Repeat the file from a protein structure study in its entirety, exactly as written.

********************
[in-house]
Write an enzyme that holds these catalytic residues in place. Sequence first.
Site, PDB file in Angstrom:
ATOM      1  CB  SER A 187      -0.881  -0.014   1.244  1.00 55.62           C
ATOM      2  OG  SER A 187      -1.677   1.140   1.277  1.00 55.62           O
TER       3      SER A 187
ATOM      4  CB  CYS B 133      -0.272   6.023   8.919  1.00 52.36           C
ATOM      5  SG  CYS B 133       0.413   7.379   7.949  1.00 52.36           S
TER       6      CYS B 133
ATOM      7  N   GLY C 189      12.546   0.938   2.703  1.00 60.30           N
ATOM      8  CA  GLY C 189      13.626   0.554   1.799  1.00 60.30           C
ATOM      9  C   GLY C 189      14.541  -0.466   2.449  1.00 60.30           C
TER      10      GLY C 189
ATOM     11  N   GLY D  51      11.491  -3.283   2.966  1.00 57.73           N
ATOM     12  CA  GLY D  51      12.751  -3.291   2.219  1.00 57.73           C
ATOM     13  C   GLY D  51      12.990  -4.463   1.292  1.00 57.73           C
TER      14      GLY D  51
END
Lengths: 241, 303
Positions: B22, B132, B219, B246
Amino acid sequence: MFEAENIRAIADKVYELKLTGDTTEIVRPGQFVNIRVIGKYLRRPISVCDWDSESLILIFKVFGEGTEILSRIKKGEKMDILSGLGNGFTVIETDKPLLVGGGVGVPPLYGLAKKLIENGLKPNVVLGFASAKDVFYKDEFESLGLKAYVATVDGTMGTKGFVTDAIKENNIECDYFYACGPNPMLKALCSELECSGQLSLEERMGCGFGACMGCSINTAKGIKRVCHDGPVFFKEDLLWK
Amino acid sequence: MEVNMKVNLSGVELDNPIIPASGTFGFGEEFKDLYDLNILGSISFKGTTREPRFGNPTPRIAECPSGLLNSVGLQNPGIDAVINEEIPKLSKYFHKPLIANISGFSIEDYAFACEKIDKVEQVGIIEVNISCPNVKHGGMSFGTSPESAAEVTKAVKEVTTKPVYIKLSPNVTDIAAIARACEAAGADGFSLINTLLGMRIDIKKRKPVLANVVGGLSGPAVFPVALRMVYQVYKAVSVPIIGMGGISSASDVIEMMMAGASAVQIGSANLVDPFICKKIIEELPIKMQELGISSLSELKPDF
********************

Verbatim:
[in-house]
Write an enzyme that holds these catalytic residues in place. Sequence first.
Site, PDB file in Angstrom:
ATOM      1  CB  SER A 187      -0.881  -0.014   1.244  1.00 55.62           C
ATOM      2  OG  SER A 187      -1.677   1.140   1.277  1.00 55.62           O
TER       3      SER A 187
ATOM      4  CB  CYS B 133      -0.272   6.023   8.919  1.00 52.36           C
ATOM      5  SG  CYS B 133       0.413   7.379   7.949  1.00 52.36           S
TER       6      CYS B 133
ATOM      7  N   GLY C 189      12.546   0.938   2.703  1.00 60.30           N
ATOM      8  CA  GLY C 189      13.626   0.554   1.799  1.00 60.30           C
ATOM      9  C   GLY C 189      14.541  -0.466   2.449  1.00 60.30           C
TER      10      GLY C 189
ATOM     11  N   GLY D  51      11.491  -3.283   2.966  1.00 57.73           N
ATOM     12  CA  GLY D  51      12.751  -3.291   2.219  1.00 57.73           C
ATOM     13  C   GLY D  51      12.990  -4.463   1.292  1.00 57.73           C
TER      14      GLY D  51
END
Lengths: 241, 303
Positions: B22, B132, B219, B246
Amino acid sequence: MFEAENIRAIADKVYELKLTGDTTEIVRPGQFVNIRVIGKYLRRPISVCDWDSESLILIFKVFGEGTEILSRIKKGEKMDILSGLGNGFTVIETDKPLLVGGGVGVPPLYGLAKKLIENGLKPNVVLGFASAKDVFYKDEFESLGLKAYVATVDGTMGTKGFVTDAIKENNIECDYFYACGPNPMLKALCSELECSGQLSLEERMGCGFGACMGCSINTAKGIKRVCHDGPVFFKEDLLWK
Amino acid sequence: MEVNMKVNLSGVELDNPIIPASGTFGFGEEFKDLYDLNILGSISFKGTTREPRFGNPTPRIAECPSGLLNSVGLQNPGIDAVINEEIPKLSKYFHKPLIANISGFSIEDYAFACEKIDKVEQVGIIEVNISCPNVKHGGMSFGTSPESAAEVTKAVKEVTTKPVYIKLSPNVTDIAAIARACEAAGADGFSLINTLLGMRIDIKKRKPVLANVVGGLSGPAVFPVALRMVYQVYKAVSVPIIGMGGISSASDVIEMMMAGASAVQIGSANLVDPFICKKIIEELPIKMQELGISSLSELKPDF